Shall We Tame And Chain The Invisible Microbe As We Now Chain Niagara? by Arthur Brisbane

Story type: EssayWhen Solomon was gathering his materials to build the Temple, his, large cedar trunks from Lebanon and his costly materials from everywhere, he used oxen …

Story type: Essay

When Solomon was gathering his materials to build the Temple, his, large cedar trunks from Lebanon and his costly materials from everywhere, he used oxen, mules, camels.

With all his wisdom, he little dreamed that the day would come when his descendants, instead of using mules and huge beasts of burden, would heat water and with steam develop a force sufficient to tear his Temple from its foundation.

Still less did he dream that steam would eventually be superseded, as clumsy and primitive, by the invisible force of electricity.

When the thunder roared, the lightning flashed and his conscience troubled him, Solomon, turning away from his thousand wives and his numerous other doubtful associates, put his head under the richly embroidered pillow, worked, perhaps, by Sheba’s own fair hands–it did not enter his mind that that lightning could be tamed and put to work.

Man has been gradually controlling and employing the various animals on the earth’s surface. He taught the elephant to haul wood and water and to fight his battles. He trained the horse, the dog. He even taught falcons to bring him back birds from beyond the clouds, and otters to catch fish in the bottom of lakes and rivers.

Gradually he has made himself independent of his animal partners.

The rifle made the falcon useless; steam destroyed the importance of the horse and the ox.

But apparently we have only begun using animal life. We must run the whole gamut of the marvels of creation before conquering conditions on this earth. —-

We used to train the biggest dogs to kill wolves. The Government of the United States is now breeding darning-needles to kill mosquitoes.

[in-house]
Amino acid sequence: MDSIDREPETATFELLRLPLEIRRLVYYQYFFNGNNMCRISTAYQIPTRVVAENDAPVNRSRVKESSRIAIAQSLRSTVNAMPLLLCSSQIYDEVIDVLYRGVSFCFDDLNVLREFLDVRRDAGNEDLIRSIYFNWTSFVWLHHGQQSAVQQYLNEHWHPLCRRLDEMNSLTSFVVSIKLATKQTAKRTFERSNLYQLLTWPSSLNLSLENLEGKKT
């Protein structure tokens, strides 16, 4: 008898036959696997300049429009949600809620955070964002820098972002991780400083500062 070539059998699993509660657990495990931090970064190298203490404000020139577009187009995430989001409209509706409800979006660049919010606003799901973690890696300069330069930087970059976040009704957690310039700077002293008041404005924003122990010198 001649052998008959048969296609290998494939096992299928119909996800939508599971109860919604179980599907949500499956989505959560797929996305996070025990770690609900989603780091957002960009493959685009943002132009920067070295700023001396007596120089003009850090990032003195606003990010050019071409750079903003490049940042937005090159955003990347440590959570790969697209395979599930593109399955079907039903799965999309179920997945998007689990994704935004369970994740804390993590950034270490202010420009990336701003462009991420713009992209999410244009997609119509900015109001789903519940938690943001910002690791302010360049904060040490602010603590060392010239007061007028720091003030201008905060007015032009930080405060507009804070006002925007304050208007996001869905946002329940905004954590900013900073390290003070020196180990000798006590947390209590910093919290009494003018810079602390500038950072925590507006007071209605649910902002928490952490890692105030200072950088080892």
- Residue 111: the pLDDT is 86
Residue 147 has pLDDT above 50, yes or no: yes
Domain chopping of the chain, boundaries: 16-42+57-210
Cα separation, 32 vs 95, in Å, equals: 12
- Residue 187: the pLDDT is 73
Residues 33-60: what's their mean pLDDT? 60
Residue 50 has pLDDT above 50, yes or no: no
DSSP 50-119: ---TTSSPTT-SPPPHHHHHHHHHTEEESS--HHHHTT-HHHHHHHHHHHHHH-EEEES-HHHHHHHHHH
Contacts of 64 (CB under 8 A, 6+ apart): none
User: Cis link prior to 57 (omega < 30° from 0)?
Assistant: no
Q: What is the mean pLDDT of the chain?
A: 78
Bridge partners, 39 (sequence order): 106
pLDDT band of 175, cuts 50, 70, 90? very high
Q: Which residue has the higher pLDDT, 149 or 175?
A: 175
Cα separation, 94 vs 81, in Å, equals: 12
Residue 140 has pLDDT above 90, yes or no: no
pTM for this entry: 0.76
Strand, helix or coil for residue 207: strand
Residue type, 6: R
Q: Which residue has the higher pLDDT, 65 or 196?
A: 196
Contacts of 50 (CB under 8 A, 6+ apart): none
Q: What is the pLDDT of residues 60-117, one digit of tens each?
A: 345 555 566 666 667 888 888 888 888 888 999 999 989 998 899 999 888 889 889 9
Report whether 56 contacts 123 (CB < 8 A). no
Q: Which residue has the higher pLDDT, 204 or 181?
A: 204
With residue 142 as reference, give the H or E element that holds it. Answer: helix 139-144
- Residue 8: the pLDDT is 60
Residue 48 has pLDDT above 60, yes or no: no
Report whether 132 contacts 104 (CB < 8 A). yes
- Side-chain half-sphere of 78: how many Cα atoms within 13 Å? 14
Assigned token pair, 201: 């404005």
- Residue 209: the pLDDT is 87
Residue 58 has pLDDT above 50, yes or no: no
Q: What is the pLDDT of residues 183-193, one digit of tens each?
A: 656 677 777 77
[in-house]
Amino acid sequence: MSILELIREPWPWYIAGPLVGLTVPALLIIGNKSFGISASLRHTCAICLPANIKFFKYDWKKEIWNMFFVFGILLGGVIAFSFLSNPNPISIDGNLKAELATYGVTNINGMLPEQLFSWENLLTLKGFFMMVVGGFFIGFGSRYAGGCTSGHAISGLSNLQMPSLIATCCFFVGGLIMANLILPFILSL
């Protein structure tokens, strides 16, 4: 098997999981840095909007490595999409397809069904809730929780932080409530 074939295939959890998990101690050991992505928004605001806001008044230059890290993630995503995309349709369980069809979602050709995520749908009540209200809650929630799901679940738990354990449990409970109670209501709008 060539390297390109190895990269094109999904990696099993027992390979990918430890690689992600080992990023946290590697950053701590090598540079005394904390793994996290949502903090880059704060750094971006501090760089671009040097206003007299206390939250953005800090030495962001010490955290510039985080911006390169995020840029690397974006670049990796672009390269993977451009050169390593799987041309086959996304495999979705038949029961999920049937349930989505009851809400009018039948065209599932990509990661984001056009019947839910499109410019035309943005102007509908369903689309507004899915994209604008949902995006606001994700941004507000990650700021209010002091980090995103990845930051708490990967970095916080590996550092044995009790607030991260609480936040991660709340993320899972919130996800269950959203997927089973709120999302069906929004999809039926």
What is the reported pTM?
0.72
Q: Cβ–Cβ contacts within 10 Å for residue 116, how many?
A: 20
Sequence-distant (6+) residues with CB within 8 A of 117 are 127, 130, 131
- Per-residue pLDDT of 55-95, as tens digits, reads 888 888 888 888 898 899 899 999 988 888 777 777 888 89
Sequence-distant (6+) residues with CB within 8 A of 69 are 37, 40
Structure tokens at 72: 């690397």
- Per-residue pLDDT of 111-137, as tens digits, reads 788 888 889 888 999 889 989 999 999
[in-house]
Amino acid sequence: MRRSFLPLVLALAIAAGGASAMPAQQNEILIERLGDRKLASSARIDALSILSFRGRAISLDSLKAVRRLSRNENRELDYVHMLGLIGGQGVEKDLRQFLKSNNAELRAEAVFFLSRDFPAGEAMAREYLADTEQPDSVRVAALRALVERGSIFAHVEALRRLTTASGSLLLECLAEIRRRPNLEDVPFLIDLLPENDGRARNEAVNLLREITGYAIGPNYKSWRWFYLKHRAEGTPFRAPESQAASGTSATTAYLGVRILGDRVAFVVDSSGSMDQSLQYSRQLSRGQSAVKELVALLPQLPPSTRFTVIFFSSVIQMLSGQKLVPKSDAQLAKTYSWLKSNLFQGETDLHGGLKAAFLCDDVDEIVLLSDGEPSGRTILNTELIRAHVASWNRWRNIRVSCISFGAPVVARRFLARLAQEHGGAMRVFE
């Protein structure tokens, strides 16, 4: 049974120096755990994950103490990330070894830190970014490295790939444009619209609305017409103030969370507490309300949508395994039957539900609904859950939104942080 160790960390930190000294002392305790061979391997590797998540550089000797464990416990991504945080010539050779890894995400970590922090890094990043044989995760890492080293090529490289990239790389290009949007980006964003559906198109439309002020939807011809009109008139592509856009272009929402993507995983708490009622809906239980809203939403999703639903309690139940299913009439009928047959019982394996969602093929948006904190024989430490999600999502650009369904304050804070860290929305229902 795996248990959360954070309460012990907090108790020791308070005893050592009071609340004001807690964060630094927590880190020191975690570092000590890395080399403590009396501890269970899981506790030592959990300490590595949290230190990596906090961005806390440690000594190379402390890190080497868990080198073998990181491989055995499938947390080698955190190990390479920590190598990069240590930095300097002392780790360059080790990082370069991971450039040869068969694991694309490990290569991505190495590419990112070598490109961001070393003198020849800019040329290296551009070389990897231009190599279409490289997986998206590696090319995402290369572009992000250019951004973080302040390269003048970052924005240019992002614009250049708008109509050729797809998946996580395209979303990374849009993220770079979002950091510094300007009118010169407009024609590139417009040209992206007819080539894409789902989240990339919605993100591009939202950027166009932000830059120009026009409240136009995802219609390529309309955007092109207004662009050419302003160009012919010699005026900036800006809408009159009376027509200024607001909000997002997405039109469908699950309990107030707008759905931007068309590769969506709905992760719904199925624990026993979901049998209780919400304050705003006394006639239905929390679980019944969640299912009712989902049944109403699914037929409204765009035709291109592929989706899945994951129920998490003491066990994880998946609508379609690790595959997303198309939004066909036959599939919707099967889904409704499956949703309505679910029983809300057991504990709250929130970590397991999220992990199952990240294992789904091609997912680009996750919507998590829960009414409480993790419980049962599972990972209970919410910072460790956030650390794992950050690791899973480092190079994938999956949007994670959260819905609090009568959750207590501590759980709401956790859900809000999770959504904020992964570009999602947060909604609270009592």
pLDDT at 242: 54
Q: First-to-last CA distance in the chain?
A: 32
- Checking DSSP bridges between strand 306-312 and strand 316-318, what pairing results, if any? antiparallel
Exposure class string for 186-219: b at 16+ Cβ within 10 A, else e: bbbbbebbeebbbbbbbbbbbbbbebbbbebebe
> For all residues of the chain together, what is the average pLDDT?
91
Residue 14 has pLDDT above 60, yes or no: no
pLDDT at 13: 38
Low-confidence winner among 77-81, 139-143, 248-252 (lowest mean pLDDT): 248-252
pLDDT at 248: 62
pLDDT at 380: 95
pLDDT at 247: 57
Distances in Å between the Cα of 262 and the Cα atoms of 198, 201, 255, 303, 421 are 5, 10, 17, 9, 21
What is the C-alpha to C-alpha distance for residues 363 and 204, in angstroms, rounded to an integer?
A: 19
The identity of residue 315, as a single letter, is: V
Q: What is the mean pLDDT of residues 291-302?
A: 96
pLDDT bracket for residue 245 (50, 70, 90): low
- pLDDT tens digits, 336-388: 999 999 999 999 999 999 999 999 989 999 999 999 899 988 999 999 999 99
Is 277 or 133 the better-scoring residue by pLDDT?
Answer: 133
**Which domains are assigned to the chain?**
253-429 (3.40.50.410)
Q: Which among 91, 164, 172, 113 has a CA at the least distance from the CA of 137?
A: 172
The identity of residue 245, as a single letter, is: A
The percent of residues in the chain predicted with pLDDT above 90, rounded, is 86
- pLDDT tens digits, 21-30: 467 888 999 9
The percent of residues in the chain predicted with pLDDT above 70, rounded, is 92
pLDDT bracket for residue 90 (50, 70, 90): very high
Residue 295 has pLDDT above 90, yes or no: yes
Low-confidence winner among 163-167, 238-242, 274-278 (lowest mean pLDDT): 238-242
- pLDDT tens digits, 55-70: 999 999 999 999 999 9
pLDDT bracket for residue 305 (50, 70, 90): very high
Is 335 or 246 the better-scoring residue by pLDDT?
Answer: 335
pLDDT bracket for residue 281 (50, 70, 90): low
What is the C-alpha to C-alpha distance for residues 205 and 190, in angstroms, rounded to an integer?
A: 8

A certain kind of wasp, with a black and white striped body, spends his time killing house-flies, and this creature could be bred and used to destroy the disease-spreading pests.

Even the invisible insect life can be made most useful to man and to his health.

The latest plan for disposing of city sewage involves the cultivation of microbes, to be employed as disinfectors.

Several towns in Illinois and in Wisconsin have established plants for the purification of sewage by means of microbe life. The collections of organisms invisible to the naked eye are to be kept in great antiseptic tanks, and employed in the purification of the city ‘s refuse.

Mosquitoes will ultimately be destroyed, undoubtedly, by breeding among them smaller creatures fatal to their existence.

Man, in his conquest and use of animal life, will run the gamut, from the biggest elephant, employed as a public executioner in India, to the invisible microbe, doing a work ten thousand times more important all over the globe.

These infinitesimal microbes, bred and controlled by science, will do regularly and methodically the work which buzzards and vultures have done on land, which sharks and dogfish have done at sea, throughout endless centuries.

To the marvellous workings of nature we cannot possibly give too much thought or too great admiration. Gardens are filled with beautiful flowers, and fields are fertile to-day because hundreds of years ago sea birds were devouring the carcasses of dead fish, acting as nature’s scavengers, and building up the great guano fields of South America.

There is a Peruvian millionaire in his big yacht, and there is a rose in full bloom–the millionaire’s money, the beauty of the rose, come from those birds that picked up the dead fish five hundred years ago.

It’s an interesting world.

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